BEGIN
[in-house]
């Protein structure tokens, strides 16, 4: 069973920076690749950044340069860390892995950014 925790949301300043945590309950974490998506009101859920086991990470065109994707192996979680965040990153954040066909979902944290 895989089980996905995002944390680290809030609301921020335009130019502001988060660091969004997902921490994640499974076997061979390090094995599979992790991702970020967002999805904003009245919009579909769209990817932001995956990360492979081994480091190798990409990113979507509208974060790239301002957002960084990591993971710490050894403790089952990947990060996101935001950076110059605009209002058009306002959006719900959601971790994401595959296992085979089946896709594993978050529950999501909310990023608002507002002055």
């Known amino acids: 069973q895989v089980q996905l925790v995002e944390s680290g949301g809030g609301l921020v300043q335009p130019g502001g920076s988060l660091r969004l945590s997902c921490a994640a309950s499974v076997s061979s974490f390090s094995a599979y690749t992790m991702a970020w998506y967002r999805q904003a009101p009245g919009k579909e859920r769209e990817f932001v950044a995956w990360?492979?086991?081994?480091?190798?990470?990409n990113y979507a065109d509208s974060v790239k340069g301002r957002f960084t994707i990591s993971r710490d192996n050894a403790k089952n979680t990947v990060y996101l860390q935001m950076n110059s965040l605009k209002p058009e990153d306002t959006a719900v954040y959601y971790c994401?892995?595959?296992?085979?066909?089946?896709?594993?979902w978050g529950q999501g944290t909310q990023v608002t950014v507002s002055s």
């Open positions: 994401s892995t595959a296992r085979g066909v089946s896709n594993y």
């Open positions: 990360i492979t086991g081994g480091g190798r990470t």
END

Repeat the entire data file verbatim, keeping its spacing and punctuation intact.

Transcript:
[in-house]
């Protein structure tokens, strides 16, 4: 069973920076690749950044340069860390892995950014 925790949301300043945590309950974490998506009101859920086991990470065109994707192996979680965040990153954040066909979902944290 895989089980996905995002944390680290809030609301921020335009130019502001988060660091969004997902921490994640499974076997061979390090094995599979992790991702970020967002999805904003009245919009579909769209990817932001995956990360492979081994480091190798990409990113979507509208974060790239301002957002960084990591993971710490050894403790089952990947990060996101935001950076110059605009209002058009306002959006719900959601971790994401595959296992085979089946896709594993978050529950999501909310990023608002507002002055």
């Known amino acids: 069973q895989v089980q996905l925790v995002e944390s680290g949301g809030g609301l921020v300043q335009p130019g502001g920076s988060l660091r969004l945590s997902c921490a994640a309950s499974v076997s061979s974490f390090s094995a599979y690749t992790m991702a970020w998506y967002r999805q904003a009101p009245g919009k579909e859920r769209e990817f932001v950044a995956w990360?492979?086991?081994?480091?190798?990470?990409n990113y979507a065109d509208s974060v790239k340069g301002r957002f960084t994707i990591s993971r710490d192996n050894a403790k089952n979680t990947v990060y996101l860390q935001m950076n110059s965040l605009k209002p058009e990153d306002t959006a719900v954040y959601y971790c994401?892995?595959?296992?085979?066909?089946?896709?594993?979902w978050g529950q999501g944290t909310q990023v608002t950014v507002s002055s």
């Open positions: 994401s892995t595959a296992r085979g066909v089946s896709n594993y």
């Open positions: 990360i492979t086991g081994g480091g190798r990470t």